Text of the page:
The mainstay of urticaria treatment is high dose (second generation) ANTIHISTAMINE medication which may be necessary for prolonged periods (in excess of 6 weeks). Double and occasionally triple conventional doses of these non-sedating antihistamines such as Cetirizine, Loratadine, Acrivastine and Fexofenadine may be needed to get symptom relief. The new “isomers” called desloratadine and levocetirizine don’t seen to offer any additional benefit in treating urticaria.
Traditionally we add “stomach-ulcer treatment” medication such as Cimetidine and Ranitidine which are known to also dampen down histamine release. Occasionally we need to add sedating antihistamines such as Chlorphenamine or Hydroxyzine at night to get urticaria control. Newer leukotriene receptor antagonists currently used for asthma such as Montelukast and Zafirlukast (leukotriene receptor antagonists) have provided some symptom relief in chronic urticaria when used in combination with antihistamines. Oral antidepressant Doxepin is a good antihistamine but may induced drowsiness, while Doxepin cream (if available) can soothe the skin. Short courses of oral cortisone or steroids may be necessary for short periods (one to three days) to settle more severe symptoms and get control, however rebound urticaria after steroid use is a problem. Cortisone (Prednisolone) should not be used for prolonged periods of time as this may lead to stunted growth in children and osteoporosis in adults, therefore Depot (long acting)) steroid injections are discouraged. Although steroids initially suppress chronic urticaria, we find that on stopping them, the urticaria tends to rebound and become more diffficult to treat. Chlorphenamine and Loratadine are safe to use in early pregnancy, while Cetirizine and Loratadine are safe to take whilst breastfeeding.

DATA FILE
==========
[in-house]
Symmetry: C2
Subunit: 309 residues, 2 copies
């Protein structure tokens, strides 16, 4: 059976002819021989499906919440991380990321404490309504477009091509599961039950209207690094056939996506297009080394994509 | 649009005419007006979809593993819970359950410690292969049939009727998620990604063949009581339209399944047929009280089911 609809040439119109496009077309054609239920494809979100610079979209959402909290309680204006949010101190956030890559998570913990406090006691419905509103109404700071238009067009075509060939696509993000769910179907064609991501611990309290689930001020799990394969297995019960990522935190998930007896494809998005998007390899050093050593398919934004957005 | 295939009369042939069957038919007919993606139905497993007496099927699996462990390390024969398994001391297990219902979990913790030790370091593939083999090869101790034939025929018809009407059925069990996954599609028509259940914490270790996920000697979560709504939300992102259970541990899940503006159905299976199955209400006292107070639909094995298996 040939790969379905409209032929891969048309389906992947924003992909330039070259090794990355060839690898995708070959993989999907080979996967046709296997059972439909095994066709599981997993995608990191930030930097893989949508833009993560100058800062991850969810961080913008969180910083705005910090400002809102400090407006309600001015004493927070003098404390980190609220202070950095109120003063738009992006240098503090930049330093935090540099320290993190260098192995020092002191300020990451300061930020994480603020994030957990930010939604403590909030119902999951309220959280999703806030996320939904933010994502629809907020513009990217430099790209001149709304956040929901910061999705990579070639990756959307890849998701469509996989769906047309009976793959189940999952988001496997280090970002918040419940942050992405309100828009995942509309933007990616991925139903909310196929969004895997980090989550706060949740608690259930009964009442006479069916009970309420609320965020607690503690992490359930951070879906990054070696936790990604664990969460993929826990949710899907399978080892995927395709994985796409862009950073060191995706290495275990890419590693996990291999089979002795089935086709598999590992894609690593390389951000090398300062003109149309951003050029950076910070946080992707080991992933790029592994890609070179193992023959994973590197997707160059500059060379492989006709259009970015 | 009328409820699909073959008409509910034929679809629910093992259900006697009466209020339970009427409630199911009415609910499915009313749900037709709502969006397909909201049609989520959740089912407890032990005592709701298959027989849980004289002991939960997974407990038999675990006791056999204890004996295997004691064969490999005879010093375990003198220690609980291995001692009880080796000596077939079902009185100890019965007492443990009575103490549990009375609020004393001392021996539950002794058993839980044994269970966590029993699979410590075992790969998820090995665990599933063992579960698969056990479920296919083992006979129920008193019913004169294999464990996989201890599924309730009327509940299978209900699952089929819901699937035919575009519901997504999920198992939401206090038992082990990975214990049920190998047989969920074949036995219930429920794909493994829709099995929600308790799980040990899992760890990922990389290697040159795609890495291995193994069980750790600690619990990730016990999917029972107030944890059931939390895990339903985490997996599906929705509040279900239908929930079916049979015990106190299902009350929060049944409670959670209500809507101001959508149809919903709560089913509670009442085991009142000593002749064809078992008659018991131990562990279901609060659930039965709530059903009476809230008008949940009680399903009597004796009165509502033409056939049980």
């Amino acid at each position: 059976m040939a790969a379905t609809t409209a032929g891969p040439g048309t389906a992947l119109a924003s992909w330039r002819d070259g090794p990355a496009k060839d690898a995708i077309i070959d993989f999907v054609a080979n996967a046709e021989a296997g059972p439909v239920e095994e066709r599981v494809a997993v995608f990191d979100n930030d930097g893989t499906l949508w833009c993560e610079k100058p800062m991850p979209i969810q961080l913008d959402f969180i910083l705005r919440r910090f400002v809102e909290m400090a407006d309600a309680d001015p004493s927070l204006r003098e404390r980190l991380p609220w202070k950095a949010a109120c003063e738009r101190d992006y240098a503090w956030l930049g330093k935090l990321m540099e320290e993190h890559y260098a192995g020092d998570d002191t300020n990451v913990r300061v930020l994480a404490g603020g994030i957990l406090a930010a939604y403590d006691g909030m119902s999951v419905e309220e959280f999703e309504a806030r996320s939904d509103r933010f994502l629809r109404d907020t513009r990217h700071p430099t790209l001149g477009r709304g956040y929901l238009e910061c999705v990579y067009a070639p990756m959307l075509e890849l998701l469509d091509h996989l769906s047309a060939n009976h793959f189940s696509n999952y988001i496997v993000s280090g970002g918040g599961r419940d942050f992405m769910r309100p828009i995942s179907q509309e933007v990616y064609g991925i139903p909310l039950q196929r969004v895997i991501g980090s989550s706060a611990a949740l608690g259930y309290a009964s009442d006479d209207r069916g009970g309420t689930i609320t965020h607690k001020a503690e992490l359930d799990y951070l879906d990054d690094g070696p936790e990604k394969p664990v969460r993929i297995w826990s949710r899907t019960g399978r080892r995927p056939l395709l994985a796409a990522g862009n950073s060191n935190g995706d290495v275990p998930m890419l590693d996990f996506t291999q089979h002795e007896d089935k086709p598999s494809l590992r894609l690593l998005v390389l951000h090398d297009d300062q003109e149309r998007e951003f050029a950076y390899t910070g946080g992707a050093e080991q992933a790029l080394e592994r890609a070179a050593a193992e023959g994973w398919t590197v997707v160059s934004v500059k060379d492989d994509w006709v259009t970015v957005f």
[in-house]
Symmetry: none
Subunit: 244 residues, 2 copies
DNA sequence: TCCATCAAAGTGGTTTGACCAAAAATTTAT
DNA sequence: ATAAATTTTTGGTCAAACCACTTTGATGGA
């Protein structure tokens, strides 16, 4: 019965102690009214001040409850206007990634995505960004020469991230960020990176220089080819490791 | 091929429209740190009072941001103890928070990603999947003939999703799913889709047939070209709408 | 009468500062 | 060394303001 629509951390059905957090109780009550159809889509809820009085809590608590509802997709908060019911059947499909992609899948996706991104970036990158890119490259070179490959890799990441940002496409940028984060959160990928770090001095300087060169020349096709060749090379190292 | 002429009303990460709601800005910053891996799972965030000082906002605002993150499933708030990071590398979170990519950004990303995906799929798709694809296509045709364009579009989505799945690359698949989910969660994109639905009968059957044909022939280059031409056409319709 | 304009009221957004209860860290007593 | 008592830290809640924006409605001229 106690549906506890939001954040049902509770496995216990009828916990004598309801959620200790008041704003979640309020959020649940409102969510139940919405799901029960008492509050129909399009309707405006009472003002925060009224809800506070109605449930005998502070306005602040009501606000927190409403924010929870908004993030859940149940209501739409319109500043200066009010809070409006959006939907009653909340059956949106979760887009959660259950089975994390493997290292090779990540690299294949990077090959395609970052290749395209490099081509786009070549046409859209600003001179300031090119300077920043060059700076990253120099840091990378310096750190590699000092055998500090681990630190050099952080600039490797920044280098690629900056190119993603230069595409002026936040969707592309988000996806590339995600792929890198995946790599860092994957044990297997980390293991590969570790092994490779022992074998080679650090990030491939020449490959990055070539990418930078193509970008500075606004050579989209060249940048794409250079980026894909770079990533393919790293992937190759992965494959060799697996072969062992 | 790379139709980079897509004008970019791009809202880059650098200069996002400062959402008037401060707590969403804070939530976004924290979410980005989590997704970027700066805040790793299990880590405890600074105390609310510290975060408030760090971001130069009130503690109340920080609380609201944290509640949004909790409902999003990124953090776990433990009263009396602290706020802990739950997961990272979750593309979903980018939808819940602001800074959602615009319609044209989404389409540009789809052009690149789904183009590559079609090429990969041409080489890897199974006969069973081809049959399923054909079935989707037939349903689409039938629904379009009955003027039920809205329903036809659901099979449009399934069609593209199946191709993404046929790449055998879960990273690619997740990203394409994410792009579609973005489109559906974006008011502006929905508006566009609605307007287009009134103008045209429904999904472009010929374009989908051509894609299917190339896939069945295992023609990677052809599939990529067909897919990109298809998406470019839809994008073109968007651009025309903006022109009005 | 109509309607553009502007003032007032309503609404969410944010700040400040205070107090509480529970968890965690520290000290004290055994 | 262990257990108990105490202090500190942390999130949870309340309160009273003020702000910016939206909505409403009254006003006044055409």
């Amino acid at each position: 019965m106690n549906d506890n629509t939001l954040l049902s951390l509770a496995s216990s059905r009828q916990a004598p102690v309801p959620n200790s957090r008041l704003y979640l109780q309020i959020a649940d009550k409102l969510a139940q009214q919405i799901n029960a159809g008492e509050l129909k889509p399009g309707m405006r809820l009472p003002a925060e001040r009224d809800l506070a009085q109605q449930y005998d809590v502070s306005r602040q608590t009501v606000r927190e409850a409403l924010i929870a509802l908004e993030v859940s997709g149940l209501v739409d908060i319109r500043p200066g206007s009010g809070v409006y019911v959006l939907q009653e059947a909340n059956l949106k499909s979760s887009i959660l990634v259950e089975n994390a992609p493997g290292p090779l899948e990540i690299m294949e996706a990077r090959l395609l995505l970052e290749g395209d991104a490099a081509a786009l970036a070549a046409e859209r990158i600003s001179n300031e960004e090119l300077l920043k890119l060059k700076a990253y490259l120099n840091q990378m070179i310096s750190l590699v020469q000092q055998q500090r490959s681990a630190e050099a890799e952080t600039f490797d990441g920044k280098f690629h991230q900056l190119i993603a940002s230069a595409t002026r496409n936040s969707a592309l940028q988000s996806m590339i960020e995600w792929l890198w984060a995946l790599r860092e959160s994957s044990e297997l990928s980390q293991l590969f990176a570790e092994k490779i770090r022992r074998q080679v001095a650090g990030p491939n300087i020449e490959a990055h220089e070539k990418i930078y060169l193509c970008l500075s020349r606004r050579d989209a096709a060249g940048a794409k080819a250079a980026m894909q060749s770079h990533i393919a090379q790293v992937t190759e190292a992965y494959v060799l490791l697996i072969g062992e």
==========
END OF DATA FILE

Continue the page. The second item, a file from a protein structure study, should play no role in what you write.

Specialist urticaria testing in Chronic Urticaria may be necessary to exclude other underlying illnesses or to confirm the presence of “auto-antibodies” in the blood stream (“Anti IgE Receptor Autoantibodies” and “Basophil Histamine Release” can be measured). The Autologous Serum Skin Test (ASST) raises a weal on re-injection of the patients serum and is a good indicator of Auto-antibodies.
Highly specialised third line treatments may include Immunosuppressive drugs such as Ciclosporin (autoimmune urticaria), Methotrexate (non-autoimmune urticaria), and Sulphasalazine (Pressure urticaria). Androgen hormones, Thyroxine, Nifedipine and Warfarin have been used with variable efficacy as well. Colchicine and Dapsone are useful in treating Urticarial Vasculitis. If available, Immunoglobulin injections, Plasmaphoresis or the use of novel anti-IgE monoclonal antibodies such as Omalizumab (Xolair) may be necessary. The future holds many exciting new therapeutic modalities including DNA Plasmid Vaccines.
Powell RJ, du Toit GL, Siddique N et al, BSACI guidelines for the management of chronic urticaria and angio-oedema. Clin Exp Allergy 2007: 37; 631-650.
Greaves MW, Kaplan AP. Urticaria and Angioedema (Marcel Dekker 2004)